[PATCHv3 2/9] ARM: OMAP2+: AM33XX: control: Add some control module registers and APIs

Russ Dill russ.dill at gmail.com
Wed Aug 14 15:16:38 EDT 2013

On Wed, Aug 14, 2013 at 10:27 AM, Suman Anna <s-anna at ti.com> wrote:
> Kevin, Santosh, Dave, Russ,
> On 08/13/2013 02:11 PM, Kevin Hilman wrote:
>> Russ Dill <russ.dill at gmail.com> writes:
>>>>>> ARM world is also moving towards that by standardizing some of these
>>>>>> through (read PSCI) and thats the way to go in general.
>>>>> Agreed, but I'm not sure (yet) about enforcing PSCI on legacy platforms
>>>>> that don't support it natively.  Are you saying that the AM33xx firmware
>>>>> should be converted to be PSCI compliant?  Admittedly, I haven't read
>>>>> the PSCI spec closely, but I'm wondering if the current role splitting
>>>>> between MPU and M3 fits well with PSCI.
>>>> I didn't mean for the AM3XXX specifically because its current job is rather
>>>> very limited. i.e suspend. My concern is that IPC is not viewed as
>>>> an option for power management controllers like M3 which can abstract
>>>> all the hardware gory details and export a simpled interface for OS
>>>> in form of PSCI/ACPI.
>>> The IPC between the M3 and the A8 on the am335x is just a pair of
>>> notification mechanisms (one from the A8, mailbox, and one from the
>>> M3, sev) and a set of 8 32 bit registers. The 8 32 bit registers are
>>> just a scratchpad and have no access rules or functionality beyond
>>> being a scratchpad. How complicated do we want to make this?
>> The OMAP IPC between the MPU and DSP (read: any other remote processor)
>> is just a mailbox and some shared memory.  No complicated, and works
>> with remoteproc/rpmsg.
> I had to catch up on all the threads before I responded, but here are my
> notes regarding using remoteproc/rpmsg infrastructure for WkupM3. It
> definitely brings in lot more complexity than what's present today. The
> WkupM3 in AM335x does not have the same feature set as the Cortex-M3s
> used within the IPU in OMAP4+ SoCs. It does not have an MMU and
> peripheral accesses seems to be limited to just those in L4_Wkup domain.
> A lot actually depends on whether the WkupM3 can use DDR. I am not sure
> if there are any restrictions on WkupM3 from where it could run the code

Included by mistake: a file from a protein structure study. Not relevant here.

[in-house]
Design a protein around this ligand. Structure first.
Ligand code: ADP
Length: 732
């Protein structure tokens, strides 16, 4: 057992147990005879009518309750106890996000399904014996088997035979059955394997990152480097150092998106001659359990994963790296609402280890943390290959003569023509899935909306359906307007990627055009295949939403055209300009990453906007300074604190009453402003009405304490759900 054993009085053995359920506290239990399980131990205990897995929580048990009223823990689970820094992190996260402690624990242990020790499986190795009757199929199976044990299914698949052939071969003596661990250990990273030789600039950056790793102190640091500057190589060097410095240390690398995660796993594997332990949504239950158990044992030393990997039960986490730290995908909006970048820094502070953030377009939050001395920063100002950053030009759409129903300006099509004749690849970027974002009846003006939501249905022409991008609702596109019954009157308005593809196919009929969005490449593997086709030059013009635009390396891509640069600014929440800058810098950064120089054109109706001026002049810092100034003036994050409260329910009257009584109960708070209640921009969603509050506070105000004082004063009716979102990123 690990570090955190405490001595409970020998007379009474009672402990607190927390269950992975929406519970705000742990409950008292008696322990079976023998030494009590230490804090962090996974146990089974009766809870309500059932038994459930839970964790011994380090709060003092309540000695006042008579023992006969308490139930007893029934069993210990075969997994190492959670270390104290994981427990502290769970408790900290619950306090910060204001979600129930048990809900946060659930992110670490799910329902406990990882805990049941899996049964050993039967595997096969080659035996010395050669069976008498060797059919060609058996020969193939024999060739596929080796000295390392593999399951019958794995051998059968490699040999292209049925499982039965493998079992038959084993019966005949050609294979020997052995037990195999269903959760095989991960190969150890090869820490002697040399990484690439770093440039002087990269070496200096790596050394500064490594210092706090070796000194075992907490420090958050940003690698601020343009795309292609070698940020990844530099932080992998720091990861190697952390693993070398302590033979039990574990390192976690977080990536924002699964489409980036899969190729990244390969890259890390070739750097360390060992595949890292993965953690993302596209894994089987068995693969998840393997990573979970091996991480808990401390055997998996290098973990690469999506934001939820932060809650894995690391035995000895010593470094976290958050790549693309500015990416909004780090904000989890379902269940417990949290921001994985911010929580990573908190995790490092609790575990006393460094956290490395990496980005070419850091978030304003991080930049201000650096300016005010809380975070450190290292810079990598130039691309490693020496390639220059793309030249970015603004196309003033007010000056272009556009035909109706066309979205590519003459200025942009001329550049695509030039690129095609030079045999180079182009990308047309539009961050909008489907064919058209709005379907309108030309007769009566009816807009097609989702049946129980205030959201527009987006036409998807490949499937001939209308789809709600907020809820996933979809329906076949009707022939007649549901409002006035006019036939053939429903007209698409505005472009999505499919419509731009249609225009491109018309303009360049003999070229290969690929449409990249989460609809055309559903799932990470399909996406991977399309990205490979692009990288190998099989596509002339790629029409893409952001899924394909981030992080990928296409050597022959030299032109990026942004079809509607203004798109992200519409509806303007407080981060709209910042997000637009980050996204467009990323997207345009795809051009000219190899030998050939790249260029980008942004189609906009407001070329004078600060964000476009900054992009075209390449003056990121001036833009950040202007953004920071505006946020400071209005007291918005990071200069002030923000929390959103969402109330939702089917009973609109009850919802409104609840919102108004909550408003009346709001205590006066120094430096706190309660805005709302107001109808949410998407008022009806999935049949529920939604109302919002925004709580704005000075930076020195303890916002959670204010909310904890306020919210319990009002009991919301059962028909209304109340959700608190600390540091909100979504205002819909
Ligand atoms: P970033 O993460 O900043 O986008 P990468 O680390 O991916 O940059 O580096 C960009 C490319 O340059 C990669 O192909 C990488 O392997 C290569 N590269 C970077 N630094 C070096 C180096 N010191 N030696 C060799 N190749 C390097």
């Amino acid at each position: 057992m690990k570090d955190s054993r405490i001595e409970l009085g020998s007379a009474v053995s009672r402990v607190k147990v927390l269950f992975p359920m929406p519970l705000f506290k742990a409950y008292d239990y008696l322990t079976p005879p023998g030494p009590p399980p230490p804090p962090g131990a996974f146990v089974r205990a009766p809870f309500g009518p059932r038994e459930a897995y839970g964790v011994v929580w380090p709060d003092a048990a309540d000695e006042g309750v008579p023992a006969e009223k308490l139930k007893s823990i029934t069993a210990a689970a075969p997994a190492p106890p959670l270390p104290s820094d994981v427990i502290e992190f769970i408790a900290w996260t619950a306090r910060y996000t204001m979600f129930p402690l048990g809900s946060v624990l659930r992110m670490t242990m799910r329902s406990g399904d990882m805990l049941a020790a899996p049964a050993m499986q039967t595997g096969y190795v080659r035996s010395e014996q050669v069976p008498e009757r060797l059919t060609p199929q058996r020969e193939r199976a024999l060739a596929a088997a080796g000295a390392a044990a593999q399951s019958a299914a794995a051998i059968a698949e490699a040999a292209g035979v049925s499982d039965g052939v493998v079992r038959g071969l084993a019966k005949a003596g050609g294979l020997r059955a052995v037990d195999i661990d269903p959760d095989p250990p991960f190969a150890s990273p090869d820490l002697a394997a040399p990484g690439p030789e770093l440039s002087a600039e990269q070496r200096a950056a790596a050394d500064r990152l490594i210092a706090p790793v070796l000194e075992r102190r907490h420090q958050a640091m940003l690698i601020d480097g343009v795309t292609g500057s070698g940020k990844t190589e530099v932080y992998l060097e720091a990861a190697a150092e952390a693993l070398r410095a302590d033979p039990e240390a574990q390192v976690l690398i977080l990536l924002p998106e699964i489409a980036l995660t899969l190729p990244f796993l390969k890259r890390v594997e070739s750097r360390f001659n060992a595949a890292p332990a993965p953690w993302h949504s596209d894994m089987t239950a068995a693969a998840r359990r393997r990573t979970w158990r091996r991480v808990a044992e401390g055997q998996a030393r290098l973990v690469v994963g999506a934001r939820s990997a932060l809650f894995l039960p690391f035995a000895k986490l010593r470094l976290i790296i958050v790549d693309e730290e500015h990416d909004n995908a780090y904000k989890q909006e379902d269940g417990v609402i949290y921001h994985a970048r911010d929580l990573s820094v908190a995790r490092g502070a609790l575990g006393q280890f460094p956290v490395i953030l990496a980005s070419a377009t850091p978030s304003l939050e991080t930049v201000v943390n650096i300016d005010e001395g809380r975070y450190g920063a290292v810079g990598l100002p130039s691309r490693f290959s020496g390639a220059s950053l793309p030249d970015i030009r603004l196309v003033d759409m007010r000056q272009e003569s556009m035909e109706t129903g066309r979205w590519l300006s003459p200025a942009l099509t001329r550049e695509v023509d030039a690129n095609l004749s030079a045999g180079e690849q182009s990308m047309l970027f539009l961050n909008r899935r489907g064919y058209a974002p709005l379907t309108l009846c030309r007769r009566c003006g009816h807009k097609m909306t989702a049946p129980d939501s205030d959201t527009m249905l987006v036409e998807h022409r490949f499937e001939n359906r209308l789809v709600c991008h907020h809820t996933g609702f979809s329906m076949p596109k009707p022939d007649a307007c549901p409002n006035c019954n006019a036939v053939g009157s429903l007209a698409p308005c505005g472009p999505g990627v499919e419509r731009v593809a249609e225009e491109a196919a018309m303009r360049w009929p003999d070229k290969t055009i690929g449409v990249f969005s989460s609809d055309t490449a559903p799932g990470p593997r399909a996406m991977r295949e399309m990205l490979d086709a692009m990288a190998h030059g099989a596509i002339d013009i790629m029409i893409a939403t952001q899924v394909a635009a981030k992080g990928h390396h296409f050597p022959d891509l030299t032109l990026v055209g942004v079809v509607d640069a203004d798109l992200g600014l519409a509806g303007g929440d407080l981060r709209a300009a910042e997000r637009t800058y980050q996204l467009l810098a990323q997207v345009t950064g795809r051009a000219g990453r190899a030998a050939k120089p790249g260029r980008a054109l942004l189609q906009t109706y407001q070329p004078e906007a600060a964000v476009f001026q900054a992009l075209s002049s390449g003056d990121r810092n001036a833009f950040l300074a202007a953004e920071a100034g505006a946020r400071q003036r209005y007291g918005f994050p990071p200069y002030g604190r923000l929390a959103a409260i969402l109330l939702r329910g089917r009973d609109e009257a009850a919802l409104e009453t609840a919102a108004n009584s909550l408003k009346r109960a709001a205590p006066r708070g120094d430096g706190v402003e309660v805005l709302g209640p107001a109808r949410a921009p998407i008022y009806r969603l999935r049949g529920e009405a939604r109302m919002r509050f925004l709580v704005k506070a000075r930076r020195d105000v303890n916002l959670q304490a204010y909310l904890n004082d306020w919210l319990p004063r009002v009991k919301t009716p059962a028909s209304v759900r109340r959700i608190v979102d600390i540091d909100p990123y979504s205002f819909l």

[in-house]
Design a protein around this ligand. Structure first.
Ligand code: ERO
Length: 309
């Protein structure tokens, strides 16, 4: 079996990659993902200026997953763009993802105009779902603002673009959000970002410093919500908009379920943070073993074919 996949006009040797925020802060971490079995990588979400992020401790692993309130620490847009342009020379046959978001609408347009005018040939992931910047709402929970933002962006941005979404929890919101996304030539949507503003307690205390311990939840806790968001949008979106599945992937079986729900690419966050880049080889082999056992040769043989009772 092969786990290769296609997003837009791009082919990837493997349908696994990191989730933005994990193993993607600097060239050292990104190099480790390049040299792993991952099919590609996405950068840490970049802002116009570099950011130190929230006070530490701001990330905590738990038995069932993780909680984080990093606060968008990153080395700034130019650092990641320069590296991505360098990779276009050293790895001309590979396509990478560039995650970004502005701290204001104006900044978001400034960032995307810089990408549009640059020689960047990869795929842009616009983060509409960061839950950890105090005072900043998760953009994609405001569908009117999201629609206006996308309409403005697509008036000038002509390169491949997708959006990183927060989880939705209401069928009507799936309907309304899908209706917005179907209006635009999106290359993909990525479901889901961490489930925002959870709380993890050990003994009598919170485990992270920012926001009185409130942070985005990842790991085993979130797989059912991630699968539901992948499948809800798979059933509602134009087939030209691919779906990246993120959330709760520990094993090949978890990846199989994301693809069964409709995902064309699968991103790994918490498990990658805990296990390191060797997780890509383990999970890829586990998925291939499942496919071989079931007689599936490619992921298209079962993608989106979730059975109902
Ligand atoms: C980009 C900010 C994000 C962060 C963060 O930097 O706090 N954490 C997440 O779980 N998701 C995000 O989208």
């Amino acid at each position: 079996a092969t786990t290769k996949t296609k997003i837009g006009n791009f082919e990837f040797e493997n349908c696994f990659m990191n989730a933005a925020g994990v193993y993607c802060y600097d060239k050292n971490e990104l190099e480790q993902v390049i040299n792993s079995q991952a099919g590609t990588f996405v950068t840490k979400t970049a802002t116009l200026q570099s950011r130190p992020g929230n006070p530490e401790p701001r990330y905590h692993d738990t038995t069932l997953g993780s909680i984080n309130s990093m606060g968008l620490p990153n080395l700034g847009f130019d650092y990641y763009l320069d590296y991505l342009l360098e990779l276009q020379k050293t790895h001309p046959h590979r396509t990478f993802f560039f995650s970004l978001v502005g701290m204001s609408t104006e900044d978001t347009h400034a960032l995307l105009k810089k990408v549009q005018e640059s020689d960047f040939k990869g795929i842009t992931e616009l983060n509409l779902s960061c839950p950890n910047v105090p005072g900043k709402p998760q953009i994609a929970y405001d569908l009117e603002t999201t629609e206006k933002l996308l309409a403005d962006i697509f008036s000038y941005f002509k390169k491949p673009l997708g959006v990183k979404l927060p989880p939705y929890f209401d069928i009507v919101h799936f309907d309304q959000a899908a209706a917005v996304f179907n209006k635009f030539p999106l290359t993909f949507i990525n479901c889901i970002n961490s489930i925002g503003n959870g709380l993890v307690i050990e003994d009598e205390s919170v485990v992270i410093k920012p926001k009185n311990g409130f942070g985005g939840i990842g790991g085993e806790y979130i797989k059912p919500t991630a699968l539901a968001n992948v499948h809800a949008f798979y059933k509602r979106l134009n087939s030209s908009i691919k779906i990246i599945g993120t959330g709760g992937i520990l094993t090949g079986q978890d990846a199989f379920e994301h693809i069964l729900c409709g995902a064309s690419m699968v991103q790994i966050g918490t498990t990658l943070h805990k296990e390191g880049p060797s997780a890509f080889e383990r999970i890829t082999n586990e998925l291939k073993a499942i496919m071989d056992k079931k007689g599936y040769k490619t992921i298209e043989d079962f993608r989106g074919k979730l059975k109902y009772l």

> or access data from. From what I can gather from the TRM (there's no big
> separate chapter on WkupM3), it has just 16K UMEM and a 8K DMEM, and its
> not much. The current firmware is loaded directly into the WkupM3's
> internal UMem space and a check is being performed to make sure the
> firmware is less than  16K, so that it can fit into UMem.

Even if the WkupM3 could access DMEM, it would defeat the whole
purpose of using it, as it lives to do things like enable VTP, but the
EMIF clocks into bypass, turn off the power domain the EMIF is
contained in, etc.

> The remoteproc infrastructure is currently tied closely with the
> virtio/rpmsg framework, and the boot requires that there are virtio
> devices present in the resource table from the firmware image. The rpmsg
> shared memory buffers are currently kinda fixed (512 buffers of 512
> bytes each) and requires 3 pages just for the vring structures for this
> many buffers. So, if there are restrictions on DDR access, then this
> pretty much rules out remoteproc/rpmsg infrastructure.
> If the DDR access is ok, then there are other challenges that needs to
> be met. The current firmware definitely requires the addition of the
> resource table and the lower level code for handling the virtio_ring
> transport for receiving messages. It would also need its own remoteproc
> driver for handling the firmware binary format and the signalling
> required to trigger the rpmsg buffer processing. The firmware binary
> format needs to be adapted to something that this driver would
> understand. It definitely doesn't look like ELF currently, so something
> on the lines of ste_modem_rproc needs to be done. Also, the
> remoteproc/rpmsg infrastructure can support multiple vring transport
> channels between the processor, and depending on how many are supported,
> we either need to exchange the vq_id (like OMAP remoteproc), or process
> the known virtqueues always (like DA8xx remoteproc). The former requires
> that a message payload is used, and mandates the usage of the IPC data
> registers in the control module given that WkupM3 on AM335 cannot access
> any mailbox registers. Any usage of IPC data registers depends on where
> we do it. If all the accesses were to be done within
> mach-omap2/control.c, then there is no easy way for using this API from
> drivers/remoteproc, until we have the control module driver. I do feel
> that this needs to be done within the wkup_m3 driver currently. This
> would be no different to the crossbar driver example on DRA7, which also
> has to deal with registers in Control module. The IPC data registers do
> not have any associated interrupts by itself, so just making this a
> standalone driver is also not possible. Also, the dependencies with
> using the omap_device API for dealing with the hard reset lines needs to
> be dealt with.
> The current communication uses the IPC data registers, and sometimes
> uses them as plain status registers. There's certain registers used for
> sharing status, version etc which are shared by both the processors.
> Using rpmsg would require communicating every single message, and if
> there were to be some shared variables to be used simultaneously, then
> this has to be exchanged through a new remoteproc resource type.
> One additional aspect is that the current remoteproc core does not have
> the necessary runtime pm support, but in general the approach would be
> to treat the remoteprocs as true slave devices. I would imagine the
> driver core to put the remoteprocs into reset state, after asking them
> to save their context during suspend.
> regards
> Suman

More information about the linux-arm-kernel mailing list